… is from pages 6-7 of Vol. 19 (Ideas, Persons, and Events  ) of The Collected Works of James M. Buchanan; specifically, it’s from Jim’s 1990 article “Born-Again Economist” (original emphases):
There are subtle but important differences between the allocationist-maximization and the catallactic-coordination paradigm in terms of the implications for normative evaluation of institutions. In particular the evaluation of the market order may depend critically on which of these partially conflicting paradigms remains dominant in one’s stylized vision. To the allocationist the market is efficient if it works. His test of the market becomes the comparison with the abstract ideal defined in his logic. To the catallactist the market coordinates the separate activities of self-seeking persons without the necessity of detailed political direction. The test of the market is the comparison with its institutional alternative, politicized decision making.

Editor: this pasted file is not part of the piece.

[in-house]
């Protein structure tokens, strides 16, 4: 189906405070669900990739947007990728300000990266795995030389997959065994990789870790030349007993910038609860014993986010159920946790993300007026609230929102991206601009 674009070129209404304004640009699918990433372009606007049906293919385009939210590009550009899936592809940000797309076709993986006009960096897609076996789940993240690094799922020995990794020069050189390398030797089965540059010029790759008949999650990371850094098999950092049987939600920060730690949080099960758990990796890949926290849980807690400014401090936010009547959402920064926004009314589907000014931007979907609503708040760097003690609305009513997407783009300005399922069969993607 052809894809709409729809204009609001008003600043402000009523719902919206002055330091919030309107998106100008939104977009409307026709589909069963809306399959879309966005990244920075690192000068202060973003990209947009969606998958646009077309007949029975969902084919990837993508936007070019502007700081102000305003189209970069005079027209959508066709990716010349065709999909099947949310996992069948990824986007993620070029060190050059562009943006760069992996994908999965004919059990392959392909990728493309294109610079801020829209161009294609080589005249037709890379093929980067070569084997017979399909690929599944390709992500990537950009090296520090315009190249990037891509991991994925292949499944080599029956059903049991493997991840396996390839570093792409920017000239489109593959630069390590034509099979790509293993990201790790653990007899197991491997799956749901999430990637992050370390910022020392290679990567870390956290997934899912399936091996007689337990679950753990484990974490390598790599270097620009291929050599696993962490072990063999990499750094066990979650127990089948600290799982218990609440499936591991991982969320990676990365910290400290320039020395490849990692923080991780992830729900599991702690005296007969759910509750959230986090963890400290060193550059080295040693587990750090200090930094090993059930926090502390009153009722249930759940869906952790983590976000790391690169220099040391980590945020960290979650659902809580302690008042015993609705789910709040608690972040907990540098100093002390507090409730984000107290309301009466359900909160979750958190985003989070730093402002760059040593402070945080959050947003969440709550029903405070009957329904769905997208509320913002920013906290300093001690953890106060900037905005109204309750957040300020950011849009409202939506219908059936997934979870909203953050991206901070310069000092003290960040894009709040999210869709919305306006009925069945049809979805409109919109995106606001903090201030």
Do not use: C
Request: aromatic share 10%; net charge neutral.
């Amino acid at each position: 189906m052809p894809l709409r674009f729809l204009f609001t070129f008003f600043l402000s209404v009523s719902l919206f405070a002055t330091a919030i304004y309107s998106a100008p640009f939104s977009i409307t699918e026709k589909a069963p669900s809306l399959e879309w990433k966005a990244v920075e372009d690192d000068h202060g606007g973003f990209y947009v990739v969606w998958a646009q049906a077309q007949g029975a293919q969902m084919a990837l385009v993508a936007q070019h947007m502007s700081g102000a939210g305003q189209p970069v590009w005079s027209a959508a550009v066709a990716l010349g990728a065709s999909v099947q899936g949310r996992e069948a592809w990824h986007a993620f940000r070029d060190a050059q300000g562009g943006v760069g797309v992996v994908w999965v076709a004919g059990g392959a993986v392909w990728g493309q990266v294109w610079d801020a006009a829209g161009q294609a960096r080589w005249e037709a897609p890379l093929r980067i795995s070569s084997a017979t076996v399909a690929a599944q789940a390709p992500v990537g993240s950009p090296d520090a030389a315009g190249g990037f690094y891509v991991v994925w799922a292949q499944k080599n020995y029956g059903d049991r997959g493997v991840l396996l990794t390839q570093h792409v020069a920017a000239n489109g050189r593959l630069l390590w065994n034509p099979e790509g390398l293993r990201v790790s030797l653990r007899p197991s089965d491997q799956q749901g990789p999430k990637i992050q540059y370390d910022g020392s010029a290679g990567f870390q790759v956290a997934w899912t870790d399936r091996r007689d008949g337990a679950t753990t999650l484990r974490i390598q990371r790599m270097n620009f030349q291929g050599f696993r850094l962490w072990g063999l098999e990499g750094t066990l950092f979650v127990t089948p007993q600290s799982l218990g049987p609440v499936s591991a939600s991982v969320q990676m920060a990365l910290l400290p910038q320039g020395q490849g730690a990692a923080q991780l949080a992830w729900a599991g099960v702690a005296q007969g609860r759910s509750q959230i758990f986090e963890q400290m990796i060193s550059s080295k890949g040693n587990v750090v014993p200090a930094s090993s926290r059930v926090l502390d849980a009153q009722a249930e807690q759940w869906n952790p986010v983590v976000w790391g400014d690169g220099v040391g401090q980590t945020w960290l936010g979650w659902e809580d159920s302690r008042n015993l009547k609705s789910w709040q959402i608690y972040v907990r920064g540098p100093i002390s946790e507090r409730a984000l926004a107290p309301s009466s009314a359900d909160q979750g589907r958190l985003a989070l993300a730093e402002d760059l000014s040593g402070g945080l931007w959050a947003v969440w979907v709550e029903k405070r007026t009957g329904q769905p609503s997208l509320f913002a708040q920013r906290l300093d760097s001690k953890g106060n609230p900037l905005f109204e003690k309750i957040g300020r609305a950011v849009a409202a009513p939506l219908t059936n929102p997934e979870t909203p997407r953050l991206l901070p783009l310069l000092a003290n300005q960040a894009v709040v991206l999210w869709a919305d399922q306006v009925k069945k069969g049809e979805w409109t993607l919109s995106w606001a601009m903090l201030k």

DBx: Jim’s plea here – as it is throughout much of his writings – is for comparisons to be appropriate. Comparing ideal, Platonic apples to real-world oranges is pointless, at least if our goal is to choose to eat an apple or an orange. The appropriate comparison, if we’re trying to decide between eating an apple or eating an orange, is of real-world apples with real-world oranges.